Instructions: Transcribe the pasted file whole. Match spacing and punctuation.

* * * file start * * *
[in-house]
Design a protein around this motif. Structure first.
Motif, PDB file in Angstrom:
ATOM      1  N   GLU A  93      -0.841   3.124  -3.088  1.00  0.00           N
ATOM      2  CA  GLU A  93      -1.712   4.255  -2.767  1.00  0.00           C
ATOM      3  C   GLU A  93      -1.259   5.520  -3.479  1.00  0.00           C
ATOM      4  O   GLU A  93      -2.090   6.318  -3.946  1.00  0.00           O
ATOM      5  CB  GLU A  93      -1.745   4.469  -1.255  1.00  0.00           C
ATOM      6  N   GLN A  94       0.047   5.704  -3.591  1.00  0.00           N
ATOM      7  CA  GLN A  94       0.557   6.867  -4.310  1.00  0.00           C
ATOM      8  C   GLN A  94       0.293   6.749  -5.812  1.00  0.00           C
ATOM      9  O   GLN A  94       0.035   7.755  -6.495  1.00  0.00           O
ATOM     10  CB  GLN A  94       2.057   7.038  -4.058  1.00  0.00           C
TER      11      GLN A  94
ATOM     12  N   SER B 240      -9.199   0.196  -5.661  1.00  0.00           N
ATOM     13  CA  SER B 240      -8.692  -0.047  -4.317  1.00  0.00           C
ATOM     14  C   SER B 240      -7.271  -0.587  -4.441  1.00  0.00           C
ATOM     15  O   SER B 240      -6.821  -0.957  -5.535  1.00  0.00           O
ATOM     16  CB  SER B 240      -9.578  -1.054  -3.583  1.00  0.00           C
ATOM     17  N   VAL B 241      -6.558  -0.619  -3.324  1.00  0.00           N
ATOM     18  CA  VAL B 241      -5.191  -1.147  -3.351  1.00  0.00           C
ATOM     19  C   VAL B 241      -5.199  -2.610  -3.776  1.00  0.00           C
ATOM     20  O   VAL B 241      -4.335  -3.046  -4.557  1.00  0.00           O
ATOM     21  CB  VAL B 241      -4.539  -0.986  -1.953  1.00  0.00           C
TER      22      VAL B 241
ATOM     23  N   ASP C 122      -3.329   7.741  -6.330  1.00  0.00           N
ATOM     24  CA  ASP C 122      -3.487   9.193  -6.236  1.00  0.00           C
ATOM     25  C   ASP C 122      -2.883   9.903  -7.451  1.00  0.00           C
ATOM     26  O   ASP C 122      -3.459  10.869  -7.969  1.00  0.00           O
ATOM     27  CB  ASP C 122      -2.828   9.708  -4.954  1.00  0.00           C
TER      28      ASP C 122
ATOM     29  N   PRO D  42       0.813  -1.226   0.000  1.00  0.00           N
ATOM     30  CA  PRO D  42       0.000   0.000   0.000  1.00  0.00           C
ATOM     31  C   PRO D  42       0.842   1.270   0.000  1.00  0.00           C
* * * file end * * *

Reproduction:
[in-house]
Design a protein around this motif. Structure first.
Motif, PDB file in Angstrom:
ATOM      1  N   GLU A  93      -0.841   3.124  -3.088  1.00  0.00           N
ATOM      2  CA  GLU A  93      -1.712   4.255  -2.767  1.00  0.00           C
ATOM      3  C   GLU A  93      -1.259   5.520  -3.479  1.00  0.00           C
ATOM      4  O   GLU A  93      -2.090   6.318  -3.946  1.00  0.00           O
ATOM      5  CB  GLU A  93      -1.745   4.469  -1.255  1.00  0.00           C
ATOM      6  N   GLN A  94       0.047   5.704  -3.591  1.00  0.00           N
ATOM      7  CA  GLN A  94       0.557   6.867  -4.310  1.00  0.00           C
ATOM      8  C   GLN A  94       0.293   6.749  -5.812  1.00  0.00           C
ATOM      9  O   GLN A  94       0.035   7.755  -6.495  1.00  0.00           O
ATOM     10  CB  GLN A  94       2.057   7.038  -4.058  1.00  0.00           C
TER      11      GLN A  94
ATOM     12  N   SER B 240      -9.199   0.196  -5.661  1.00  0.00           N
ATOM     13  CA  SER B 240      -8.692  -0.047  -4.317  1.00  0.00           C
ATOM     14  C   SER B 240      -7.271  -0.587  -4.441  1.00  0.00           C
ATOM     15  O   SER B 240      -6.821  -0.957  -5.535  1.00  0.00           O
ATOM     16  CB  SER B 240      -9.578  -1.054  -3.583  1.00  0.00           C
ATOM     17  N   VAL B 241      -6.558  -0.619  -3.324  1.00  0.00           N
ATOM     18  CA  VAL B 241      -5.191  -1.147  -3.351  1.00  0.00           C
ATOM     19  C   VAL B 241      -5.199  -2.610  -3.776  1.00  0.00           C
ATOM     20  O   VAL B 241      -4.335  -3.046  -4.557  1.00  0.00           O
ATOM     21  CB  VAL B 241      -4.539  -0.986  -1.953  1.00  0.00           C
TER      22      VAL B 241
ATOM     23  N   ASP C 122      -3.329   7.741  -6.330  1.00  0.00           N
ATOM     24  CA  ASP C 122      -3.487   9.193  -6.236  1.00  0.00           C
ATOM     25  C   ASP C 122      -2.883   9.903  -7.451  1.00  0.00           C
ATOM     26  O   ASP C 122      -3.459  10.869  -7.969  1.00  0.00           O
ATOM     27  CB  ASP C 122      -2.828   9.708  -4.954  1.00  0.00           C
TER      28      ASP C 122
ATOM     29  N   PRO D  42       0.813  -1.226   0.000  1.00  0.00           N
ATOM     30  CA  PRO D  42       0.000   0.000   0.000  1.00  0.00           C
ATOM     31  C   PRO D  42       0.842   1.270   0.000  1.00  0.00           C